Foreign Policy Research Institute A Nation Must Think Before it Acts The Tragedy of U.S. Foreign Policy: How America’s Civil Religion Betrayed the National Interest
The Tragedy of U.S. Foreign Policy: How America’s Civil Religion Betrayed the National Interest

The Tragedy of U.S. Foreign Policy: How America’s Civil Religion Betrayed the National Interest

A fierce critique of civil religion as the taproot of America’s bid for global hegemony

Pulitzer Prize–winning historian Walter A. McDougall argues powerfully that a pervasive but radically changing faith that “God is on our side” has inspired U.S. foreign policy ever since 1776. The first comprehensive study of the role played by civil religion in U.S. foreign relations over the entire course of the country’s history, McDougall’s book explores the deeply infused religious rhetoric that has sustained and driven an otherwise secular republic through peace, war, and global interventions for more than two hundred years. From the Founding Fathers and the crusade for independence to the Monroe Doctrine, through World Wars I and II and the decades-long Cold War campaign against “godless Communism,” this coruscating polemic reveals the unacknowledged but freely exercised dogmas of civil religion that bind together a “God blessed” America, sustaining the nation in its pursuit of an ever elusive global destiny.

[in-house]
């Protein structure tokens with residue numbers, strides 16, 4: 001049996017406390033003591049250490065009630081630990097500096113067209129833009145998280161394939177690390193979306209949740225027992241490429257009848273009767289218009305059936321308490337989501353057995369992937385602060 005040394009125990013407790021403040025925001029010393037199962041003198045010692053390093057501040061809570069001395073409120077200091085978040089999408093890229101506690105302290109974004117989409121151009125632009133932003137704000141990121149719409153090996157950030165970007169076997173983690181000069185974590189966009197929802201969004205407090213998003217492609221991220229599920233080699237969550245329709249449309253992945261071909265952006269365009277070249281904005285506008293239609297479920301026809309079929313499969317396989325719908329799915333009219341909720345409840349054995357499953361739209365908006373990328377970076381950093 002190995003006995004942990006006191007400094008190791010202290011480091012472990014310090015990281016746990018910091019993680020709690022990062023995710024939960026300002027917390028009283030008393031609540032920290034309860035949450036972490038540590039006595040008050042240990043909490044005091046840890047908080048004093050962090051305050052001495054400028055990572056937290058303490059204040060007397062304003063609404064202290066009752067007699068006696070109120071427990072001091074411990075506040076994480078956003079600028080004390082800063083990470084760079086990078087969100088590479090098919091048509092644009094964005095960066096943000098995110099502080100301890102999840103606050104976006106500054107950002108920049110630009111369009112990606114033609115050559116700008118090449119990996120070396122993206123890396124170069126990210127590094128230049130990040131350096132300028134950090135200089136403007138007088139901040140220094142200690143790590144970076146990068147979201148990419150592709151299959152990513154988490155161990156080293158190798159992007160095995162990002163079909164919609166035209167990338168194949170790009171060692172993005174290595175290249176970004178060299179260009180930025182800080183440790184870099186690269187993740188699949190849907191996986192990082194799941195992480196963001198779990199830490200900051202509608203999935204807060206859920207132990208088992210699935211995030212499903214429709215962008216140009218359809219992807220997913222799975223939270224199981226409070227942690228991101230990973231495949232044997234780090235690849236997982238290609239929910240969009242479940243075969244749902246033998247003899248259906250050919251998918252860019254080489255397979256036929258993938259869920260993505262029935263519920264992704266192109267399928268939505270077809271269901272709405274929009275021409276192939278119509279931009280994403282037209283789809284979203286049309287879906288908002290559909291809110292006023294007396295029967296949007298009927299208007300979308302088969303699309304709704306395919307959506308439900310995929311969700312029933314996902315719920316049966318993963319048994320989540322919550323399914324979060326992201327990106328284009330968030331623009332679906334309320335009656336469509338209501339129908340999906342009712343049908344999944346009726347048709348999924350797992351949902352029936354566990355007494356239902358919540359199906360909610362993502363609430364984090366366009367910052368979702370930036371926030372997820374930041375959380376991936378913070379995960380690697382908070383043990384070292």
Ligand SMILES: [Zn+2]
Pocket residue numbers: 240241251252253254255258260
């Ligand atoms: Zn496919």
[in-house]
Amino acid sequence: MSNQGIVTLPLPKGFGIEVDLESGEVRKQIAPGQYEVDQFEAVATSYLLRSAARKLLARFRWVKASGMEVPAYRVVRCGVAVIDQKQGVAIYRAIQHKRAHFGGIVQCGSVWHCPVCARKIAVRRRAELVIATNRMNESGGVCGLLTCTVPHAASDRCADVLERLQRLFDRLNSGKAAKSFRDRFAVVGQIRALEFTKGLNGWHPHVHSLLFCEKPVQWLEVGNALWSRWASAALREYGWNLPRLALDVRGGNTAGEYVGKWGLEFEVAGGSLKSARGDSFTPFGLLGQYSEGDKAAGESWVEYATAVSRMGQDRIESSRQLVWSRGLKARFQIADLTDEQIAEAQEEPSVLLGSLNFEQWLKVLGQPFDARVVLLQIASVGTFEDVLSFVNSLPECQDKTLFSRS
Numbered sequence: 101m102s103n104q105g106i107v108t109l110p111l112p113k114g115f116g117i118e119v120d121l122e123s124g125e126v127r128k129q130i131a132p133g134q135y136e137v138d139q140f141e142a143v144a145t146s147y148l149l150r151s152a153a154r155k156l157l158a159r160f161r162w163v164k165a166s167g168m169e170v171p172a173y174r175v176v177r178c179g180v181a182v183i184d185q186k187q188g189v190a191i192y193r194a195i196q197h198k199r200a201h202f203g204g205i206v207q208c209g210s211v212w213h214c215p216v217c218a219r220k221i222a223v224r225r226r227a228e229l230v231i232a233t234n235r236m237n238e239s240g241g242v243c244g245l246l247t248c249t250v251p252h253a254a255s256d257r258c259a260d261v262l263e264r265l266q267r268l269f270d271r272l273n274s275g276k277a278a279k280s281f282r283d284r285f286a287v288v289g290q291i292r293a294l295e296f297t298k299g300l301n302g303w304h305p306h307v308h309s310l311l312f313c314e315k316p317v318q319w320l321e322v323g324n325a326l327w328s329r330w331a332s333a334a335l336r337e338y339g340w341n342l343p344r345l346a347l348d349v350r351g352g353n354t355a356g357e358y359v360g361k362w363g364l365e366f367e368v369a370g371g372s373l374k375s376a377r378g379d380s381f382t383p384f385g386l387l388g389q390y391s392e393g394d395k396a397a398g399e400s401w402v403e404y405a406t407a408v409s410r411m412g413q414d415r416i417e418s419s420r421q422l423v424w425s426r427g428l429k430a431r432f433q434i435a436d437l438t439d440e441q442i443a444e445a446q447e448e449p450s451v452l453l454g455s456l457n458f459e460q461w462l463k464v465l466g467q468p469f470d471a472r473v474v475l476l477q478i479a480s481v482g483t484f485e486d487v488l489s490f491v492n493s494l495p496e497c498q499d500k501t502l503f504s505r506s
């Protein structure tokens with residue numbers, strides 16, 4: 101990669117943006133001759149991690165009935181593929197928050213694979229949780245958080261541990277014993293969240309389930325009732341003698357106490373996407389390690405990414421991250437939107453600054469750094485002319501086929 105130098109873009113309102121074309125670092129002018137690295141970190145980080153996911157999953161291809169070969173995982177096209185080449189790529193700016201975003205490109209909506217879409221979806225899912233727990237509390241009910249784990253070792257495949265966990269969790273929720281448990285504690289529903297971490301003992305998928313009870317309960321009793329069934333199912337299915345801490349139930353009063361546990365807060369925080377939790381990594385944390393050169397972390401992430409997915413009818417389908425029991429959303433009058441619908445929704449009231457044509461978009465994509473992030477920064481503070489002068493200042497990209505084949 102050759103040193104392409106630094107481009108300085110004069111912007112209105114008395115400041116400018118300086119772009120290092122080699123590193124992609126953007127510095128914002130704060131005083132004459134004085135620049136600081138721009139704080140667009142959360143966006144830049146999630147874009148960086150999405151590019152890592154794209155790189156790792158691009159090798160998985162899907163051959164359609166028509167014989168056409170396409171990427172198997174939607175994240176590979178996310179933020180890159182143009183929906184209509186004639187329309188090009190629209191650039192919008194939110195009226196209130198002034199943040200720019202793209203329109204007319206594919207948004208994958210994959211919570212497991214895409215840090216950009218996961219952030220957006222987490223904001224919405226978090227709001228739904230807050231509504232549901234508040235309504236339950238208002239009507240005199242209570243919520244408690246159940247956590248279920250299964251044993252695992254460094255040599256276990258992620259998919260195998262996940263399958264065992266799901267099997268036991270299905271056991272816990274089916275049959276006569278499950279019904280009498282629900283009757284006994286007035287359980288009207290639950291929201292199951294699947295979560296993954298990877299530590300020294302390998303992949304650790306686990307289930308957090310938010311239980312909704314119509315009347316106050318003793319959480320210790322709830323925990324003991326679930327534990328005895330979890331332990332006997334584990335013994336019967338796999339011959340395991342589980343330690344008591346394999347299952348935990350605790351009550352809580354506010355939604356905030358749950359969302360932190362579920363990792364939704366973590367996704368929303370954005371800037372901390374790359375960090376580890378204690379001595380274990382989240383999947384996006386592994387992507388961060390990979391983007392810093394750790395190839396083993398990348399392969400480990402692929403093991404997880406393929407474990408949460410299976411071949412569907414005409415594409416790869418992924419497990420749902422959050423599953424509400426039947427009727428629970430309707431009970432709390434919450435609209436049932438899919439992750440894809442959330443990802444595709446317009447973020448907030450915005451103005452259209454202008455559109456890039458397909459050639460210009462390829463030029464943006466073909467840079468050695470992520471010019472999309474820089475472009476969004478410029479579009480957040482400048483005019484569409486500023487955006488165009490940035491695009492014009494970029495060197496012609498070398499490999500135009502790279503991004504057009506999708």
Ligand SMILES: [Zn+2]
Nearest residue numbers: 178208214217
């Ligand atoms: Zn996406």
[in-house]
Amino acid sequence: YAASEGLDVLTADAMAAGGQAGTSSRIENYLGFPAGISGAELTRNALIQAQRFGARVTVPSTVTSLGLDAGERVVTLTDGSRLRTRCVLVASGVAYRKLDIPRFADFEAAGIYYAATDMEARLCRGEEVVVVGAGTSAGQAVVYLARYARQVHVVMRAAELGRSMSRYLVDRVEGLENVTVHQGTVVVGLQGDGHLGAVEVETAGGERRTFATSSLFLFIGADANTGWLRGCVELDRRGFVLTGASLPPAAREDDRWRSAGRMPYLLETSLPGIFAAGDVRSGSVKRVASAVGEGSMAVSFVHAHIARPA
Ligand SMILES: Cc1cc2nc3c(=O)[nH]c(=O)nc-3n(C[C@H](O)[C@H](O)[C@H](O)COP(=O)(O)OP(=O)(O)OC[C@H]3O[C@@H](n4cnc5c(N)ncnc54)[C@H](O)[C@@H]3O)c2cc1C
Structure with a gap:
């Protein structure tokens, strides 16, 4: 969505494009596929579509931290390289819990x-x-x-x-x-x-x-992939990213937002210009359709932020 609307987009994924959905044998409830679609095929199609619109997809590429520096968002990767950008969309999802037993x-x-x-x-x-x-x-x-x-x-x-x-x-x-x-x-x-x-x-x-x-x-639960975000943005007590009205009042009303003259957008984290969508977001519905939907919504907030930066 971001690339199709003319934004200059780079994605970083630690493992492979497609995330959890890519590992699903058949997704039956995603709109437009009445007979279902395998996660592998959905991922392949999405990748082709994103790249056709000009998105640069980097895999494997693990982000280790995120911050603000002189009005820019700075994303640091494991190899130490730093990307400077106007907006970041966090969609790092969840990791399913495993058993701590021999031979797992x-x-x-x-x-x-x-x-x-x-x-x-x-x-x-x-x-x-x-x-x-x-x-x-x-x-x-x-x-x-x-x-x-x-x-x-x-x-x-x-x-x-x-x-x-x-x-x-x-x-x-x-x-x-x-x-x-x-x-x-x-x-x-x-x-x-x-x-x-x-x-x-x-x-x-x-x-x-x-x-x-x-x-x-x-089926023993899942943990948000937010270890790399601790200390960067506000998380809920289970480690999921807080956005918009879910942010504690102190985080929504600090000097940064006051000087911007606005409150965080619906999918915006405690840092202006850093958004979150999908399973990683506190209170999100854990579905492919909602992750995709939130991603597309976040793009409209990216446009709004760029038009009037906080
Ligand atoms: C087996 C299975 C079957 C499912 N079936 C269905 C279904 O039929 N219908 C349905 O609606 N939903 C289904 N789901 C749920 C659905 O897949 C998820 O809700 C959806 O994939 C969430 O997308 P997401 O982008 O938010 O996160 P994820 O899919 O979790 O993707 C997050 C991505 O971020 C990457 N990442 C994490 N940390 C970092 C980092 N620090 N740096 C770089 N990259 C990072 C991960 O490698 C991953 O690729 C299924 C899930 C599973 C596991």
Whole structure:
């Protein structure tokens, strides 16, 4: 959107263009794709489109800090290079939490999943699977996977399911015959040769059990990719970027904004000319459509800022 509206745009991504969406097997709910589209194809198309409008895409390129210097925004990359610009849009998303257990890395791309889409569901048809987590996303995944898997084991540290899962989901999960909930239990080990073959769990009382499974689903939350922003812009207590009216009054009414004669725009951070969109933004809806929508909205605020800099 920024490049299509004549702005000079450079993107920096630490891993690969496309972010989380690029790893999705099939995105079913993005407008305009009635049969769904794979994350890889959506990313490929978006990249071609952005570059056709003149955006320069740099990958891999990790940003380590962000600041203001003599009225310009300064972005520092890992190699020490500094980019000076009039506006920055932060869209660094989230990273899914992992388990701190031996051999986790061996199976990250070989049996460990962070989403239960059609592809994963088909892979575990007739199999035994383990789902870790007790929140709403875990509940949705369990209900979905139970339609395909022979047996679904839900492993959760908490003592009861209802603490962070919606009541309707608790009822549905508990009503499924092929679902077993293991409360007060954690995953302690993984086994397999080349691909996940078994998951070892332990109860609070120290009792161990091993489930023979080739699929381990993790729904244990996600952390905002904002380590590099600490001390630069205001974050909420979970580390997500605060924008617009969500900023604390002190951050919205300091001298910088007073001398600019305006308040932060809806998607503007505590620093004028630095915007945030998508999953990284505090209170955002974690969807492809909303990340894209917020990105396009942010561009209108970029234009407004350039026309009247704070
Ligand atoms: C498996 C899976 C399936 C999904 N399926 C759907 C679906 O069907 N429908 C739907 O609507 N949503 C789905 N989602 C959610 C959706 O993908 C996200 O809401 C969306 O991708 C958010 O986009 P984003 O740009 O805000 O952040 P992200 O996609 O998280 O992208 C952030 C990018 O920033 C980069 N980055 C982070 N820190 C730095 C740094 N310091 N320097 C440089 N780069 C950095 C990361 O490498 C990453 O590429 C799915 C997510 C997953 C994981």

The original draft of this book contained 172 pages of endnotes, which had to be shed in the name of economy. Thanks to the Internet, readers can access them here. Unfortunately, of course, the author had to substitute page and paragraph numbers for the original superscripts in the text, but in most cases it should be clear which sentences in a given paragraph match up with which sources.

Paragraphs appearing in their entirety on a single page are identified by the page number (e.g., p. 122). Paragraphs divided between two pages are identified by those pages (e.g., pp. 92-93). Paragraphs that share a page with another complete paragraph are identified by the page number and paragraph number (e.g., p. 103, ¶ 1).

Please click on the links below to access endnotes by chapter:


Epigraphs and Introduction

Chapter 1: Why the Bush Blunders?

Chapter 2: Why the Imperial Overstretch?

Chapter 3: Why the American Heresies?

Chapter 4: A Divine-Right Republic in the Family of Nations

Chapter 5: Washington’s Farewell Address

Chapter 6: Thomas Jefferson and the Utopian Temptation

Chapter 7: John Quincy Adams and the Problem of Neighborhood

Chapter 8: Manifest Destiny

Chapter 9: European Revolutions and American Civil War

Chapter 10: The Gilded Age: Last Years of Orthodoxy

Chapter 11: ¡Cuba Libre!

Chapter 12: The Progressive Social Gospel

Chapter 13: Benevolent Assimilation

Chapter 14: Twentieth Century Trends

Chapter 15: Wilson’s War

Chapter 16: Wilson’s Peace

Chapter 17: Modern Explosions

Chapter 18: The Progressive Republican Denouement

Chapter 19: Roosevelt the Isolationist

Chapter 20: Roosevelt the Interventionist

Chapter 21: World War II: The Great Masquerade

Chapter 22: Roosevelt the Failed High Priest

Chapter 23: The Cradles of Cold War Theology

Chapter 24: High Priestly Prayers

Chapter 25: Impossible Dreams

Chapter 26: Age of Aquarius

Chapter 27: A Purgatory in Time

Chapter 28: The Power of Words